There is some variation in the age at which dogs reach sexual maturity. Small breeds appear to mature faster than large ones, which usually cycle later. It is not uncommon for large-breed females to come into heat for the first time at more than 1 year of age, although 8 to 9 months is the norm. Dogs are sexually mature between 6 months and 1 year but are not socially mature until they are about 2 years of age. Females first cycle anywhere from 6 to 18 months of age and approximately twice a year thereafter. The only exception is the African basenji, which cycles annually, bearing one litter a year.
The heat cycle of the female lasts from 18 to 21 days. The first stage is called proestrus. It begins with mild swelling of the vulva and a bloody discharge. This lasts for about 9 days, although it may vary by 2 or 3 days. During this phase the bitch may attract males, but she is not ready to be bred and will reject all advances. The next phase is the estrus. Usually the discharge decreases and becomes lighter, almost pink, in colour. The vulva becomes very enlarged and soft, and the bitch will be receptive to the male. This stage may last 3 or 4 days or as long as 7 to 11 days. The female may be receptive a day or two past the time when she would still be fertile. In order to be sure that the breeding is taking place at the optimum time, vaginal smears and blood tests can be done by a veterinarian beginning before estrus and through the estral phase.
At about the 14th day, or whenever estrus ends, the final, or luteal, stage of the cycle begins; this stage is called diestrus. The discharge becomes redder, the vulva returns to its normal size, and the bitch will no longer accept the male for mating. When all signs of discharge and swelling are absent, the heat is complete. The diestrus stage lasts 60 to 90 days (if no pregnancy has occurred) or until the bitch gives birth. She then enters anestrus, which is the time frame between the end of the last cycle and the beginning of the next proestrus.
Canine males are always fertile from the onset of their sexual adolescence, usually after six months of age. Larger-breed males may take a few months longer to become sexually mature. Males are usually promiscuous and are willing to mate with any available female.
Males produce far more sperm than is needed to impregnate the ova that are released during estrus. Small-breed bitches usually produce small litters. Two or 3 puppies in a breed such as a Yorkshire terrier is considered the norm. Large-breed litters can have as many as 10 or 12 puppies, although the normal bitch can suckle up to 8 at a time.
Blind and unable to stand, newborn puppies are helpless and spend 90 percent of their time sleeping and 10 percent nursing. Becoming chilled is the greatest danger facing a healthy newborn puppy because its immature circulatory system cannot sustain an adequate body temperature. For this reason, newborn puppies tend to stay close to their mother or cuddle together for warmth. Mothers clean, nurse, and defend their pups until they can live on their own, but fathers do not involve themselves in the care of the young.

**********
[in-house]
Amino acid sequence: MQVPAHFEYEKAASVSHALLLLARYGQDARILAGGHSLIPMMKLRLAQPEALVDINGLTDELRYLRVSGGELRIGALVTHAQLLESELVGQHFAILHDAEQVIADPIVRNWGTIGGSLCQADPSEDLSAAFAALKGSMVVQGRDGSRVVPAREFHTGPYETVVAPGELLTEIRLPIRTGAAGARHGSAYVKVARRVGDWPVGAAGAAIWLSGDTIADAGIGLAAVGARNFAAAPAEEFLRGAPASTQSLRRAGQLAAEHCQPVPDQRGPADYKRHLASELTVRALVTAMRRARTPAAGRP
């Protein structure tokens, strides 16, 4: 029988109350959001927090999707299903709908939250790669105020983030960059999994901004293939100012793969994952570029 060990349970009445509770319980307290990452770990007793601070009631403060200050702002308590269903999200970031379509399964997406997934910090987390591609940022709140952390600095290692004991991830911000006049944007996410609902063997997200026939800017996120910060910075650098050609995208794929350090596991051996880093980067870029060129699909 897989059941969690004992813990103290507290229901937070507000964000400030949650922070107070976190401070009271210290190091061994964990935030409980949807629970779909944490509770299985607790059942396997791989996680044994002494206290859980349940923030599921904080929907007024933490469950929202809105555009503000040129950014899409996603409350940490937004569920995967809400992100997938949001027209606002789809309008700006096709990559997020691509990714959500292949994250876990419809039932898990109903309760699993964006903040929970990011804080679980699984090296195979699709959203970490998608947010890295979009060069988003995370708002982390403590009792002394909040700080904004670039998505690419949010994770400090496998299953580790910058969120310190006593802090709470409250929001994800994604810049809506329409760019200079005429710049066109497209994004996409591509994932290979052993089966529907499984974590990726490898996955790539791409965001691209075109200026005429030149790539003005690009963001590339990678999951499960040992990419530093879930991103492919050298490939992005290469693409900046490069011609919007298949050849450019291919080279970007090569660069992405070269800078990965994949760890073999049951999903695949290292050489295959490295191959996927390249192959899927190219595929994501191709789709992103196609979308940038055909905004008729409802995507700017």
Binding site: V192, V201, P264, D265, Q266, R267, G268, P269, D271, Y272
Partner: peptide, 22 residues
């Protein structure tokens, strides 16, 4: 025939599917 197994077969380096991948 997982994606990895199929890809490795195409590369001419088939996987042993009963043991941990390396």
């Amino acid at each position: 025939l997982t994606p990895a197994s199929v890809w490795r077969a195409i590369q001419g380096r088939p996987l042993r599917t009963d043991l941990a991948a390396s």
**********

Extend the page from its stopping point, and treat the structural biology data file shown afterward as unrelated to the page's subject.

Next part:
Gestation and whelping
The normal gestation period is 63 days from the time of conception. This may vary if the bitch has been bred two or three times or if the eggs are fertilized a day or two after the mating has taken place. Eggs remain fertile for about 48 hours. Sperm can live in the vaginal tract for several days. In order to determine if a bitch is pregnant, a veterinarian can manually palpate her abdomen at about 25 days after breeding. Ultrasound also can be done at that time. At about 40 days X rays will confirm pregnancy.
Most bitches whelp normally. However, the large-headed, short-bodied breeds and the toy breeds often must undergo cesarean sections in order to deliver live puppies.
Both males and females are fertile well into their advanced age. It is generally considered best for the bitch to be bred for the first time upon maturity but not before her second or third heat cycle, depending on her age at the first. Because small breeds mature more quickly, they can be bred at an earlier age than large breeds. A bitch will have less difficulty in conceiving and carrying a litter if she is bred before the age of five. As she becomes older, litter size generally decreases. After the age of seven, bitches are likely to have small litters and experience problems in delivering the puppies. Veterinarians feel that bitches generally should not be bred after that age.
Males can be bred as long as they are fertile, although with age the motility and quantity of sperm decrease.
Source: "dog." Encyclopędia Britannica from Encyclopędia Britannica 2007 Ultimate Reference Suite.(2007).